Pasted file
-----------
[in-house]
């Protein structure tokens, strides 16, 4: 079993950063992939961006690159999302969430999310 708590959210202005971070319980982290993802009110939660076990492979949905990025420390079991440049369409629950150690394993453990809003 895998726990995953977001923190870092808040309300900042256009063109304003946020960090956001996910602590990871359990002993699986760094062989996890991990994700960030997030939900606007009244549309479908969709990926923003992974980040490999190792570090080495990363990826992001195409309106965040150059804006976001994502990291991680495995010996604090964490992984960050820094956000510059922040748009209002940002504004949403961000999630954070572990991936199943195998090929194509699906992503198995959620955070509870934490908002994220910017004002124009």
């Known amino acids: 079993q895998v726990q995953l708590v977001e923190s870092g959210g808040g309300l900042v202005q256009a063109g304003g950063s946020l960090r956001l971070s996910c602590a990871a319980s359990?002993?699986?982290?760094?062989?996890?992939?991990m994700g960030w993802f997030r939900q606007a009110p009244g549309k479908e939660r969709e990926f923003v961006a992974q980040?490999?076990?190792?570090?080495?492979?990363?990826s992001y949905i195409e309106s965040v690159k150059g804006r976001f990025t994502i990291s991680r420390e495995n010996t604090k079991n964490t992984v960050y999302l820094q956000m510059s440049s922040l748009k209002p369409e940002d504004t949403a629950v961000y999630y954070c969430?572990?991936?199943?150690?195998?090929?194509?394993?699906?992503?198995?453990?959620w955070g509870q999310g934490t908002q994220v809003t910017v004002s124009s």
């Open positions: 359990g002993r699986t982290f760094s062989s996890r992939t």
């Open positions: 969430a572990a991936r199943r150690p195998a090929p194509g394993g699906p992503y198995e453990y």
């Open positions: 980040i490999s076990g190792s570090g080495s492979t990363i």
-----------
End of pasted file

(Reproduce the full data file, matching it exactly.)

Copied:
[in-house]
């Protein structure tokens, strides 16, 4: 079993950063992939961006690159999302969430999310 708590959210202005971070319980982290993802009110939660076990492979949905990025420390079991440049369409629950150690394993453990809003 895998726990995953977001923190870092808040309300900042256009063109304003946020960090956001996910602590990871359990002993699986760094062989996890991990994700960030997030939900606007009244549309479908969709990926923003992974980040490999190792570090080495990363990826992001195409309106965040150059804006976001994502990291991680495995010996604090964490992984960050820094956000510059922040748009209002940002504004949403961000999630954070572990991936199943195998090929194509699906992503198995959620955070509870934490908002994220910017004002124009």
């Known amino acids: 079993q895998v726990q995953l708590v977001e923190s870092g959210g808040g309300l900042v202005q256009a063109g304003g950063s946020l960090r956001l971070s996910c602590a990871a319980s359990?002993?699986?982290?760094?062989?996890?992939?991990m994700g960030w993802f997030r939900q606007a009110p009244g549309k479908e939660r969709e990926f923003v961006a992974q980040?490999?076990?190792?570090?080495?492979?990363?990826s992001y949905i195409e309106s965040v690159k150059g804006r976001f990025t994502i990291s991680r420390e495995n010996t604090k079991n964490t992984v960050y999302l820094q956000m510059s440049s922040l748009k209002p369409e940002d504004t949403a629950v961000y999630y954070c969430?572990?991936?199943?150690?195998?090929?194509?394993?699906?992503?198995?453990?959620w955070g509870q999310g934490t908002q994220v809003t910017v004002s124009s």
């Open positions: 359990g002993r699986t982290f760094s062989s996890r992939t």
């Open positions: 969430a572990a991936r199943r150690p195998a090929p194509g394993g699906p992503y198995e453990y």
């Open positions: 980040i490999s076990g190792s570090g080495s492979t990363i």